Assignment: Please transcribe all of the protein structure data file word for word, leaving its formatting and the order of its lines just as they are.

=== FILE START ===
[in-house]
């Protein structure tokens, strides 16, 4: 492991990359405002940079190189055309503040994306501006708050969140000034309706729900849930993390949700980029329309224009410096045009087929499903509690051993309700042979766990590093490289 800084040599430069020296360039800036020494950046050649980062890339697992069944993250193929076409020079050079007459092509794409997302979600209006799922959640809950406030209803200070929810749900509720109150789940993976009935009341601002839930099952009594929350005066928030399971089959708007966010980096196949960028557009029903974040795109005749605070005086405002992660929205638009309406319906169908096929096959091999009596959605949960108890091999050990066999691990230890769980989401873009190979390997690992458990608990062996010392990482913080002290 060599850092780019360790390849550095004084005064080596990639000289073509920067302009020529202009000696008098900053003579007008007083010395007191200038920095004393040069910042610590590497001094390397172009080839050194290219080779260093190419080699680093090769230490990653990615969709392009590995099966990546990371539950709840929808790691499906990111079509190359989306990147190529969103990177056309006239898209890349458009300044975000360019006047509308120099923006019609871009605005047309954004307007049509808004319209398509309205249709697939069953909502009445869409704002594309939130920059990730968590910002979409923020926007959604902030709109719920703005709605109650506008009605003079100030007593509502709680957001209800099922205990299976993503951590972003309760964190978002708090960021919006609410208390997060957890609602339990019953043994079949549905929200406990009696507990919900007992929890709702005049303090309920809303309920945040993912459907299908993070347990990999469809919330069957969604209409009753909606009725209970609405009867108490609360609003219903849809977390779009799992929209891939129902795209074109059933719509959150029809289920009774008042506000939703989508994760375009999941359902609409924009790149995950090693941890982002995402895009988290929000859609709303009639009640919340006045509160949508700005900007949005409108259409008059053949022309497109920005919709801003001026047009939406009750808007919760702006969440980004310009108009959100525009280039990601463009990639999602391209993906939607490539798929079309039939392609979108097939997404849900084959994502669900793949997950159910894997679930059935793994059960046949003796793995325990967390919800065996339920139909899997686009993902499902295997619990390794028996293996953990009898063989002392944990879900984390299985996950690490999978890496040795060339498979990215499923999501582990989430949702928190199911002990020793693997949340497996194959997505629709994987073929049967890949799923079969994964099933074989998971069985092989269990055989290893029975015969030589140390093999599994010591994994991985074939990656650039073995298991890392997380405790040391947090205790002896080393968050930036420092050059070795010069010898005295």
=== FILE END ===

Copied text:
[in-house]
């Protein structure tokens, strides 16, 4: 492991990359405002940079190189055309503040994306501006708050969140000034309706729900849930993390949700980029329309224009410096045009087929499903509690051993309700042979766990590093490289 800084040599430069020296360039800036020494950046050649980062890339697992069944993250193929076409020079050079007459092509794409997302979600209006799922959640809950406030209803200070929810749900509720109150789940993976009935009341601002839930099952009594929350005066928030399971089959708007966010980096196949960028557009029903974040795109005749605070005086405002992660929205638009309406319906169908096929096959091999009596959605949960108890091999050990066999691990230890769980989401873009190979390997690992458990608990062996010392990482913080002290 060599850092780019360790390849550095004084005064080596990639000289073509920067302009020529202009000696008098900053003579007008007083010395007191200038920095004393040069910042610590590497001094390397172009080839050194290219080779260093190419080699680093090769230490990653990615969709392009590995099966990546990371539950709840929808790691499906990111079509190359989306990147190529969103990177056309006239898209890349458009300044975000360019006047509308120099923006019609871009605005047309954004307007049509808004319209398509309205249709697939069953909502009445869409704002594309939130920059990730968590910002979409923020926007959604902030709109719920703005709605109650506008009605003079100030007593509502709680957001209800099922205990299976993503951590972003309760964190978002708090960021919006609410208390997060957890609602339990019953043994079949549905929200406990009696507990919900007992929890709702005049303090309920809303309920945040993912459907299908993070347990990999469809919330069957969604209409009753909606009725209970609405009867108490609360609003219903849809977390779009799992929209891939129902795209074109059933719509959150029809289920009774008042506000939703989508994760375009999941359902609409924009790149995950090693941890982002995402895009988290929000859609709303009639009640919340006045509160949508700005900007949005409108259409008059053949022309497109920005919709801003001026047009939406009750808007919760702006969440980004310009108009959100525009280039990601463009990639999602391209993906939607490539798929079309039939392609979108097939997404849900084959994502669900793949997950159910894997679930059935793994059960046949003796793995325990967390919800065996339920139909899997686009993902499902295997619990390794028996293996953990009898063989002392944990879900984390299985996950690490999978890496040795060339498979990215499923999501582990989430949702928190199911002990020793693997949340497996194959997505629709994987073929049967890949799923079969994964099933074989998971069985092989269990055989290893029975015969030589140390093999599994010591994994991985074939990656650039073995298991890392997380405790040391947090205790002896080393968050930036420092050059070795010069010898005295």